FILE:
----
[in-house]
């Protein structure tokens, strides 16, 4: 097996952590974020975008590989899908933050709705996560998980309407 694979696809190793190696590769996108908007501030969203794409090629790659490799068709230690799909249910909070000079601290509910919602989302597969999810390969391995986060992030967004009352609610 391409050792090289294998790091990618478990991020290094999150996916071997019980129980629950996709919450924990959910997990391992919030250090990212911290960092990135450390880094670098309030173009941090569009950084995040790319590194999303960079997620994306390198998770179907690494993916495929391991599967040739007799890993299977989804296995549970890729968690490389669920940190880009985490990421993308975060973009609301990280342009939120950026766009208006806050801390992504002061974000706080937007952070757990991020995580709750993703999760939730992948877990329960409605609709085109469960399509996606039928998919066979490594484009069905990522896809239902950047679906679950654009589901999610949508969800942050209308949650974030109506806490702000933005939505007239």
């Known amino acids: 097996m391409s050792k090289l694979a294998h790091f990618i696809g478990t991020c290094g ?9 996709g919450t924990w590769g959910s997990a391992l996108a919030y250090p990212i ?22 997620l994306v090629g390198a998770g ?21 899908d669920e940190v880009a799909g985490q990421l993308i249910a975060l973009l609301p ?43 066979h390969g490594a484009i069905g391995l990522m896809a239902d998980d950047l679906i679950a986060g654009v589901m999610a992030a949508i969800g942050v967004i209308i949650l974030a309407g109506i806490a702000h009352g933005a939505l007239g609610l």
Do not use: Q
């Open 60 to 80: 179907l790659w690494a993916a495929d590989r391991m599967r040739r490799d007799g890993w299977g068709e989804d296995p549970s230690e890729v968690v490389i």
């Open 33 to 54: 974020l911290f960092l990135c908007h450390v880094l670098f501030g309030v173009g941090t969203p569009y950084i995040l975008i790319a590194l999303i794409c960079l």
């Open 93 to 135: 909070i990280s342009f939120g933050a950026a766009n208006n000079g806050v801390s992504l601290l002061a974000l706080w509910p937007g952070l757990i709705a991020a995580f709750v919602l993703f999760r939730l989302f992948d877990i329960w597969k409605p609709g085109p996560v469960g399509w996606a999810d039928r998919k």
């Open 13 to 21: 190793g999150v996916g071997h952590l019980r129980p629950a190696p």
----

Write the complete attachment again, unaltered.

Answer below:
[in-house]
């Protein structure tokens, strides 16, 4: 097996952590974020975008590989899908933050709705996560998980309407 694979696809190793190696590769996108908007501030969203794409090629790659490799068709230690799909249910909070000079601290509910919602989302597969999810390969391995986060992030967004009352609610 391409050792090289294998790091990618478990991020290094999150996916071997019980129980629950996709919450924990959910997990391992919030250090990212911290960092990135450390880094670098309030173009941090569009950084995040790319590194999303960079997620994306390198998770179907690494993916495929391991599967040739007799890993299977989804296995549970890729968690490389669920940190880009985490990421993308975060973009609301990280342009939120950026766009208006806050801390992504002061974000706080937007952070757990991020995580709750993703999760939730992948877990329960409605609709085109469960399509996606039928998919066979490594484009069905990522896809239902950047679906679950654009589901999610949508969800942050209308949650974030109506806490702000933005939505007239």
């Known amino acids: 097996m391409s050792k090289l694979a294998h790091f990618i696809g478990t991020c290094g ?9 996709g919450t924990w590769g959910s997990a391992l996108a919030y250090p990212i ?22 997620l994306v090629g390198a998770g ?21 899908d669920e940190v880009a799909g985490q990421l993308i249910a975060l973009l609301p ?43 066979h390969g490594a484009i069905g391995l990522m896809a239902d998980d950047l679906i679950a986060g654009v589901m999610a992030a949508i969800g942050v967004i209308i949650l974030a309407g109506i806490a702000h009352g933005a939505l007239g609610l």
Do not use: Q
């Open 60 to 80: 179907l790659w690494a993916a495929d590989r391991m599967r040739r490799d007799g890993w299977g068709e989804d296995p549970s230690e890729v968690v490389i």
């Open 33 to 54: 974020l911290f960092l990135c908007h450390v880094l670098f501030g309030v173009g941090t969203p569009y950084i995040l975008i790319a590194l999303i794409c960079l």
């Open 93 to 135: 909070i990280s342009f939120g933050a950026a766009n208006n000079g806050v801390s992504l601290l002061a974000l706080w509910p937007g952070l757990i709705a991020a995580f709750v919602l993703f999760r939730l989302f992948d877990i329960w597969k409605p609709g085109p996560v469960g399509w996606a999810d039928r998919k």
């Open 13 to 21: 190793g999150v996916g071997h952590l019980r129980p629950a190696p």